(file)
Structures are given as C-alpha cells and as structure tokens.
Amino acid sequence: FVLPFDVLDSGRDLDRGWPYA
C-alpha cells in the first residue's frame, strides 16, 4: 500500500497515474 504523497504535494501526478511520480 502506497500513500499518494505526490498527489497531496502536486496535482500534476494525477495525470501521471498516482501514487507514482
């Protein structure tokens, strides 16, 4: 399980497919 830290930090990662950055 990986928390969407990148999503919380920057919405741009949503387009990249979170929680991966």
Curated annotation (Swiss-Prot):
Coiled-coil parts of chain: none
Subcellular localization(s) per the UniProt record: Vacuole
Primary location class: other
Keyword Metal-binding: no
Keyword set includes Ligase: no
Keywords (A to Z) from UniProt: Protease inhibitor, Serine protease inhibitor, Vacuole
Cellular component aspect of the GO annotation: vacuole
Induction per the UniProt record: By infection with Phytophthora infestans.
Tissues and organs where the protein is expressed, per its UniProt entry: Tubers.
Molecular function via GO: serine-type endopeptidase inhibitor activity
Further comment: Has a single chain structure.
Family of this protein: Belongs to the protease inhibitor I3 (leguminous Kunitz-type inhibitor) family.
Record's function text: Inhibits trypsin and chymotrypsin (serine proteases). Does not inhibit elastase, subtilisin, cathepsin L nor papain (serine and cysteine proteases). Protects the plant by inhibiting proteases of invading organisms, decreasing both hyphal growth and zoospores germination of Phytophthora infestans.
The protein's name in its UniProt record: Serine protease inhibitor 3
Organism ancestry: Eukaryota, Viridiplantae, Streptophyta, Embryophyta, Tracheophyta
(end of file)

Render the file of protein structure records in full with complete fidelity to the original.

Structures are given as C-alpha cells and as structure tokens.
Amino acid sequence: FVLPFDVLDSGRDLDRGWPYA
C-alpha cells in the first residue's frame, strides 16, 4: 500500500497515474 504523497504535494501526478511520480 502506497500513500499518494505526490498527489497531496502536486496535482500534476494525477495525470501521471498516482501514487507514482
């Protein structure tokens, strides 16, 4: 399980497919 830290930090990662950055 990986928390969407990148999503919380920057919405741009949503387009990249979170929680991966």
Curated annotation (Swiss-Prot):
Coiled-coil parts of chain: none
Subcellular localization(s) per the UniProt record: Vacuole
Primary location class: other
Keyword Metal-binding: no
Keyword set includes Ligase: no
Keywords (A to Z) from UniProt: Protease inhibitor, Serine protease inhibitor, Vacuole
Cellular component aspect of the GO annotation: vacuole
Induction per the UniProt record: By infection with Phytophthora infestans.
Tissues and organs where the protein is expressed, per its UniProt entry: Tubers.
Molecular function via GO: serine-type endopeptidase inhibitor activity
Further comment: Has a single chain structure.
Family of this protein: Belongs to the protease inhibitor I3 (leguminous Kunitz-type inhibitor) family.
Record's function text: Inhibits trypsin and chymotrypsin (serine proteases). Does not inhibit elastase, subtilisin, cathepsin L nor papain (serine and cysteine proteases). Protects the plant by inhibiting proteases of invading organisms, decreasing both hyphal growth and zoospores germination of Phytophthora infestans.
The protein's name in its UniProt record: Serine protease inhibitor 3
Organism ancestry: Eukaryota, Viridiplantae, Streptophyta, Embryophyta, Tracheophyta